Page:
Today, AOL co-founder Steve Case, who now owns a VC firm called Revolution and sits on President Obama’s Council on Jobs and Competitiveness, gave testimony to the Senate committee on the judiciary hearing on comprehensive immigration reform. You could go to the judiciary website to read the full testimony, or you could save yourself some time by jumping to the crux of the matter by reading this post. Here are the seven most important things that Case said in his testimony today.
1. “Today, 40 percent of Fortune 500 companies in the United States were started by immigrants or the children of immigrants, employing 10 million people across the globe and doing $4 trillion in revenue. Of the 10 most valuable brands globally, seven of them come from American companies founded by immigrants or their children. In the past 15 years, immigrants founded one quarter of U.S. venture-backed public companies.” [Source]
2. “Statistics show that immigrants are almost twice as likely as US-born workers to start a company. Between 1995 and 2005, half of Silicon Valley startups had an immigrant founder. In 2005 alone, those businesses achieved $52 billion in sales supporting 400,000 jobs. In 2011, more than three-quarters of the patents filed at the top ten patent-producing US schools had an immigrant inventor. Of the 1,600 computer science PhD graduates from our universities in 2010, 60 percent were foreign students.” [Source]
3. “The mistake that opponents of immigration reform make is believing that our society and economic growth are zero sum. They are not. More talented immigrants joining the American family does not equate to fewer jobs, it equates to more jobs.”
4. “It is not the case that an increase in foreign talent will increase unemployment for native workers. Studies show that from 2000 to 2007, every 100 additional foreign-born workers in STEM fields created 262 additional employment positions for native US workers.” [Source]
5. “Every year, arbitrary immigration caps force approximately one-third of the 50,000 foreign-born STEM graduates from our universities to leave the country. After earning a Masters or PhD from universities such as Stanford, Carnegie Mellon, and MIT, these talented men and women move to competitor nations and launch businesses abroad that compete with our workers here at home. If our military had a similar policy we would train soldiers, sailors, and pilots at West Point, the Naval Academy, and the Air Force Academy with world-class battlefield skills, only to send them away to join the militaries of foreign nations.”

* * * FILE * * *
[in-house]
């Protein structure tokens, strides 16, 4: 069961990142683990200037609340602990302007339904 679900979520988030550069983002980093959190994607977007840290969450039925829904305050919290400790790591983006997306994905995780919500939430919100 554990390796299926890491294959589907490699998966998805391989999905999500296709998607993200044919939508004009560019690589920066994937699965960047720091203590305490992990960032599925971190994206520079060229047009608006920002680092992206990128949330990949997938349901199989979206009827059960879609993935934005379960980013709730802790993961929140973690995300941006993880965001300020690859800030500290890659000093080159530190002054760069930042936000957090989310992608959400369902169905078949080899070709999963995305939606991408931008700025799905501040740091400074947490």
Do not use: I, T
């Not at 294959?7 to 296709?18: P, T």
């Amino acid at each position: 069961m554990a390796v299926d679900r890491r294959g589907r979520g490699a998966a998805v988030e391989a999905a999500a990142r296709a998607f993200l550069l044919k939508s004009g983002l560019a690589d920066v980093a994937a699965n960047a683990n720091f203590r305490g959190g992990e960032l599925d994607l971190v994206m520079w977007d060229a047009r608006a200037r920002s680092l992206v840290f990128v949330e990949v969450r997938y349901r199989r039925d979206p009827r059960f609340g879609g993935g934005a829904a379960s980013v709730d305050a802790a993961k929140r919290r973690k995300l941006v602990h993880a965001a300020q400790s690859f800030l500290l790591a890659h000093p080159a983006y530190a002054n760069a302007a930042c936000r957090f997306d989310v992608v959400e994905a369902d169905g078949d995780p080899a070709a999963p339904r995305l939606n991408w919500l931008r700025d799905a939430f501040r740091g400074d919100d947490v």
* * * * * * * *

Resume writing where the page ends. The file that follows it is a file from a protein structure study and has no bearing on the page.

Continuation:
6. “What was once the secret sauce of our economic advantage – a strong entrepreneurial economy that rewards risk, disruption and innovation – is being replicated aggressively around the world. A few decades ago we lost ground in the manufacturing sector when we failed to respond aggressively to global competition. We cannot afford to do the same when it comes to the entrepreneurial sector.”
7. “History teaches us that the most open and inclusive societies tend to be the most successful: Spain in the early 1400s pioneering navigation and global trade; Italy in the 1500s advancing science and learning. But no country has benefited more from immigration than the United States. We began as a startup founded by immigrant settlers who left a difficult situation to build a better life. What distinguishes us is that we have always been a magnet for risk-taking men and women from across the world hoping to start businesses, innovate, and contribute. That is part of our DNA. It is why in the 20th century we created more wealth, opportunity, and economic growth than any other nation.
But that advantage is slipping away. As the economies of developing countries mature rapidly it is no longer the easy choice to settle in the United States. There are now increasingly attractive opportunities abroad. We must improve the environment for entrepreneurship to thrive. Now is the time to work together and pass comprehensive reform that fixes our high-skilled immigration system.”
[Photo by Case Foundation]